Medicaid is a program that covers individuals' heath care costs once all of their own resources have been expended. To qualify for Medicaid, you must complete a state application, verifying your assets. Federal policy requires states to examine your financial history for the previous five years to ensure that you have not transferred assets out of your name to avoid using them for health care costs.

You can find more information on the Centers for Medicare & Medicaid Services website.

Living Independence for the Elderly

Living Independence for the Elderly (LIFE) is a managed care program for older individuals that have been determined to need skilled nursing care but wish to remain in their homes and communities as long as possible.

To be eligible for LIFE services, you must:

  • Be 55 years or older
  • Qualify for skilled nursing care following a level of care determination by the Area Agency on Aging
  • Be eligible for medical assistance or able to pay privately
  • Reside in an area serviced by a LIFE provider
  • Meet criteria for being safely served in the community as determined by a LIFE provider

LIFE provides a comprehensive, all-inclusive package of services, including:

  • Primary medical care
  • Nursing care and therapies
  • Personal care, meals and transportation
  • Pharmaceutical services
  • Recreational and socialization activities
  • In-patient and outpatient care
  • Lab and X-ray
  • Eyeglasses, hearing aids and dentures
  • Emergency care
  • Nursing facility care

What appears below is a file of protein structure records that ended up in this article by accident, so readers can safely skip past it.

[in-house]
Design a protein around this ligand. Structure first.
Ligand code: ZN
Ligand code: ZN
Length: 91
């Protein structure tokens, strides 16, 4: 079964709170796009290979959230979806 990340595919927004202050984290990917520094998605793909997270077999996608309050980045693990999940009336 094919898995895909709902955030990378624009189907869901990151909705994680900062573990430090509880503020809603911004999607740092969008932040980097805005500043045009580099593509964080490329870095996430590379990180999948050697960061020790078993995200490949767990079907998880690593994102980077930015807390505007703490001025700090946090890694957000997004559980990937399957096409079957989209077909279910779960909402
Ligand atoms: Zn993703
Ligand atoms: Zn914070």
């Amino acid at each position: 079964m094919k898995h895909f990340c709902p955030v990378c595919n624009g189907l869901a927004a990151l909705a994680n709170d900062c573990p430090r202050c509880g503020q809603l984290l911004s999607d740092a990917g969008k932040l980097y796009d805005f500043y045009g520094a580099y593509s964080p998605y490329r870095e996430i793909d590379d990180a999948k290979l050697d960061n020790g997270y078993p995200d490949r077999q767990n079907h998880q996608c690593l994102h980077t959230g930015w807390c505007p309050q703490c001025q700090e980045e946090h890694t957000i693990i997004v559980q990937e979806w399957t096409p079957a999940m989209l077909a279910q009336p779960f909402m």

The LIFE program centers around adult day health centers, where most services are offered. Transportation is provided to and from centers and other services. Home care is provided as needed. If a participant can no longer be cared for in the community, a nursing facility placement will occur.

Pharmaceutical Assistance Contract for the Elderly

Pharmaceutical Assistance Contract for the Elderly (PACE), PACENET and PACE Plus Medicare are Pennsylvania's prescription assistance programs for seniors. These programs offer low-cost prescription medication to qualified people aged 65 and older. Only medications that require a physician's prescription are covered. Insulin, insulin syringes, and insulin needles are the only exceptions. Over-the-counter medications, such as aspirin, antacid and vitamins, are not covered, even if prescribed.

To be eligible for PACE, one must be:

  • Age 65 or older
  • A resident of Pennsylvania for at least 90 days prior to the date of application
  • Not receiving the Department of Human Services' Medicaid prescription benefit
  • Receiving income of $14,500 or less for a single person or a combined total of $17,700 or less for married couples.

To be eligible for PACENET, one must be:

  • Age 65 or older
  • A resident of Pennsylvania for at least 90 days prior to the date of application
  • Not enrolled in the Department of Human Services' Medicaid prescription benefit
  • Receiving income between $14,500 and $23,500 for a single person or a combined total of between $17,700 and $31,500 for married couples

For more information on the PACE programs, and to obtain applications, please visit the Pennsylvania Department of Aging website.

Community HealthChoices

Community HealthChoices is the Commonwealth's pan to deliver Medicaid-funded long-term services and supports, behavioral health, and physical health benefits to older Pennsylvanians and individuals with physical disabilities. If you have certain health conditions, Community HealthChoices can coordinate your care to make it easier to get the services you need, no matter where you live.

To learn more about Community HealthChoices, click here.